Monday, September 20, 2010
As a young and emerging writer growing up in Harlem, New York, SC State English professor, Dr. Butler Brewton, was influenced by 20th century writers such as William Butler Yeats, Langston Hughes, Frank Yerby, William Faulkner and Richard Wright. This summer, Brewton published a novel and a literary critical analysis entitled, “Richard Wright's Thematic Treatment of Women in ‘Uncle Tom's Children,’ ‘Black Boy,’ and ‘Native Son.’” Brewton’s enthusiasm for probing literature inspired him to write the book.
Richard Wright was born in the early 1900’s on Rucker's Plantation, between Roxie and Natchez, Miss. Wright published his first short story, "The Voodoo of Hell's Half-Acre," in 1924. In his novels, Wright challenged society with great works such as “Uncle Tom's Children” (1938). “Native Son” followed in 1940, and “Black Boy” in 1945. The first bestselling novel by a Black American writer, “Native Son” is a three part seriesbook.It was the first Book of the Month Club selection by an African-American writer.
“Once ‘Native Son’ appeared, American culture was changed forever,” said Wright. Brewton shared the same sentiment. “Wright’s works, ‘Uncle Tom's Children,’ ‘Black Boy’ and ‘Native Son,’ changed the American society forever,” said Brewton.
As a young child, Brewton, began reading Wright. “In my book, (Academica Press, LLC, 2010) I developed a critical analysis,” said Brewton. “Based on my readings, I found that Wright said more about the woman's role in the black persona's life than what anyone suspected,” Brewton continued. “While analyzing these works, I went into unttrodden territory to uncover something about Wright that even he himself might have not been aware of,” noted Brewton.
While trotting into untrodden territory, Brewton discovered that there were many symbolisms in Wright’s works that related to the role of women during the 1900’s. “In my book, I analyzed the symbolic and thematic meaning of the rather flat female characters, black and white, in the mechanism which combine to be a commentary on the effects of racism in the South and North regions of America,” says Brewton. “I categorized the gift of both racial type women according to my use of ‘mommism’ and ‘mothering,’ he continued. “Mommisim” is a coined word to suggest the nature of the white woman’s gift to the black persona, and “mothering” is the nature of the black woman’s gift, according to Brewton.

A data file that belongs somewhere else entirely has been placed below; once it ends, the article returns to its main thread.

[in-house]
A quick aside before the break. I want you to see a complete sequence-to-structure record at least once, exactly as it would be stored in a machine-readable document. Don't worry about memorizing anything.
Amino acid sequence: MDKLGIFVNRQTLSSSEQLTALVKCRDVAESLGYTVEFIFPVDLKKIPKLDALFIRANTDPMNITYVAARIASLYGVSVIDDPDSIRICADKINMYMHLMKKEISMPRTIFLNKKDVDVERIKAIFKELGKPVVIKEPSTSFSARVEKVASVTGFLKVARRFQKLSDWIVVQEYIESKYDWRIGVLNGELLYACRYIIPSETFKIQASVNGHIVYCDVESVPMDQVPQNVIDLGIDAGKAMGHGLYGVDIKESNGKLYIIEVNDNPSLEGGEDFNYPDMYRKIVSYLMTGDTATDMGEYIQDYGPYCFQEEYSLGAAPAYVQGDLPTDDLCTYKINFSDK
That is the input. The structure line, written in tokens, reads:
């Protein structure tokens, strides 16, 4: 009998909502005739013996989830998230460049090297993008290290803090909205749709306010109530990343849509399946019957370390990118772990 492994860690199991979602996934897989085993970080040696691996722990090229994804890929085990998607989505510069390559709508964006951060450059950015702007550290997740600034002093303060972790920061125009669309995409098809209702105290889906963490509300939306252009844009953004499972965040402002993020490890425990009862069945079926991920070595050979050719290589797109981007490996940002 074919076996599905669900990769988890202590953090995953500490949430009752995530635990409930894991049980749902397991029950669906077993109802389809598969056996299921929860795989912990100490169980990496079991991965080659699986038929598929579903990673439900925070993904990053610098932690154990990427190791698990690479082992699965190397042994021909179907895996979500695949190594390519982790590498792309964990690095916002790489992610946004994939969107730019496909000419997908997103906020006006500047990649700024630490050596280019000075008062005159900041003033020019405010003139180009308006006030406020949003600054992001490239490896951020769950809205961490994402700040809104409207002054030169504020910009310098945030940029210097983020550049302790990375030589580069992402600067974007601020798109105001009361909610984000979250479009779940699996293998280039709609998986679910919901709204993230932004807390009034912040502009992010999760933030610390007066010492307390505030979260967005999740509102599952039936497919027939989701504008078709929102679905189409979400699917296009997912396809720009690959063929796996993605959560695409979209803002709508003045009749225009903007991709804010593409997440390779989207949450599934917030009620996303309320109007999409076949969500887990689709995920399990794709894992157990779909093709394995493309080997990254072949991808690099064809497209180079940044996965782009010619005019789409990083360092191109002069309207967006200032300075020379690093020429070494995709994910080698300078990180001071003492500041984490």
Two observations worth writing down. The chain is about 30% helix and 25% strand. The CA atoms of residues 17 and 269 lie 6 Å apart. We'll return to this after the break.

C-Span 2 is presently considering Brewton’s book as a discussion work for its program. “Richard Wright's Thematic Treatment of Women in ‘Uncle Tom's Children,’ ‘Black Boy,’ and ‘Native Son’” is presently in America, China, Europe and Japan, and is being reviewed by Washington University for the Modern Language Association (MLA). MLA strengthens the study and teaching of language and literature. Furthermore, PublishAmerica, LLP asked if Brewton would accept a contract for his autobiography. Brewton signed the contract and is currently writing it, with a time limit of six months.
Brewton enjoys writing and believes that his book is significant for students to read. “I think such a book as this one is of major importance to students, not only for their insight on Wright, but for their greater understanding of the psychological shape of the American mind as a result of a history of racism, a racism that continues even until this day, as subtle as it might appear,” said Brewton.
Brewton has also written poetry that has been posted in college text books around the world. “A Reader for Developing Writers” (McGraw- Hill) was published in 1994. His poetry has also appeared in collections of original poetry, like “Rafters and other Poems” published in 1995, “Indian Summer” published in 1997 and “Stray Cat on the Dirt Road,” which was published in 2004.
Prior to working at SC State, Brewton worked as an English professor at Furman University in Greenville, S.C. for over 12 years where he taught British and American poetry. Before working at Furman University, he worked as an English professor at Montclair State University (MSU) in Upper Montclair, N.J. During his tenure at MSU, he taught creative writing, modern fiction, myth and literature and African-American literature. He also taught American poetry in undergraduate and graduate courses, introducing several new courses and seminars such as, “Richard Wright and His Contemporaries,” “Seven Innovators in American Poetry,” “The Bestseller Phenomenon” and “Poets and Writers in Motion.”
Brewton resides in Columbia, S.C. with his wife Blanca.
For additional information about “Richard Wright's Thematic Treatment of Women in ‘Uncle Tom's Children,’ ‘Black Boy,’ and ‘Native Son,’” contact Dr. Butler Brewton at (803) 536-8355.